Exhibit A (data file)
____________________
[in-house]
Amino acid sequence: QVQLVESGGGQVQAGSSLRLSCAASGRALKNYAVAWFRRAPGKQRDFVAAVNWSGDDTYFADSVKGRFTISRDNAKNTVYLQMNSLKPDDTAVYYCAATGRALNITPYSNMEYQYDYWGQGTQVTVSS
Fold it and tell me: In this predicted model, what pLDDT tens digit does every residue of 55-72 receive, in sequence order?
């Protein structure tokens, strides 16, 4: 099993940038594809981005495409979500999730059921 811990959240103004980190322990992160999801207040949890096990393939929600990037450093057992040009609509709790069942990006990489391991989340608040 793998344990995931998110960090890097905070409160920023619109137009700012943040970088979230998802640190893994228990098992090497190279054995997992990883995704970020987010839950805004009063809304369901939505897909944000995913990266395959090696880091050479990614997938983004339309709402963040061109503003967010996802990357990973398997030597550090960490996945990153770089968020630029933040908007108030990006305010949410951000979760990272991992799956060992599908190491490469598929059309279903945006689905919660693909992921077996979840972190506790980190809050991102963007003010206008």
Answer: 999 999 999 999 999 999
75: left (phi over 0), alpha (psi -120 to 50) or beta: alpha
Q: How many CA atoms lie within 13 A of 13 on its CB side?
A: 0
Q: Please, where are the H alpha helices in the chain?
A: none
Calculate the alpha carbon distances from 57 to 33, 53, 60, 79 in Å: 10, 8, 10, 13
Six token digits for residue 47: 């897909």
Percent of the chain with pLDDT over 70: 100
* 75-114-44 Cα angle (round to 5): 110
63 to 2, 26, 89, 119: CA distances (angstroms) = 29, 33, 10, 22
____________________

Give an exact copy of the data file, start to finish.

[in-house]
Amino acid sequence: QVQLVESGGGQVQAGSSLRLSCAASGRALKNYAVAWFRRAPGKQRDFVAAVNWSGDDTYFADSVKGRFTISRDNAKNTVYLQMNSLKPDDTAVYYCAATGRALNITPYSNMEYQYDYWGQGTQVTVSS
Fold it and tell me: In this predicted model, what pLDDT tens digit does every residue of 55-72 receive, in sequence order?
């Protein structure tokens, strides 16, 4: 099993940038594809981005495409979500999730059921 811990959240103004980190322990992160999801207040949890096990393939929600990037450093057992040009609509709790069942990006990489391991989340608040 793998344990995931998110960090890097905070409160920023619109137009700012943040970088979230998802640190893994228990098992090497190279054995997992990883995704970020987010839950805004009063809304369901939505897909944000995913990266395959090696880091050479990614997938983004339309709402963040061109503003967010996802990357990973398997030597550090960490996945990153770089968020630029933040908007108030990006305010949410951000979760990272991992799956060992599908190491490469598929059309279903945006689905919660693909992921077996979840972190506790980190809050991102963007003010206008």
Answer: 999 999 999 999 999 999
75: left (phi over 0), alpha (psi -120 to 50) or beta: alpha
Q: How many CA atoms lie within 13 A of 13 on its CB side?
A: 0
Q: Please, where are the H alpha helices in the chain?
A: none
Calculate the alpha carbon distances from 57 to 33, 53, 60, 79 in Å: 10, 8, 10, 13
Six token digits for residue 47: 């897909």
Percent of the chain with pLDDT over 70: 100
* 75-114-44 Cα angle (round to 5): 110
63 to 2, 26, 89, 119: CA distances (angstroms) = 29, 33, 10, 22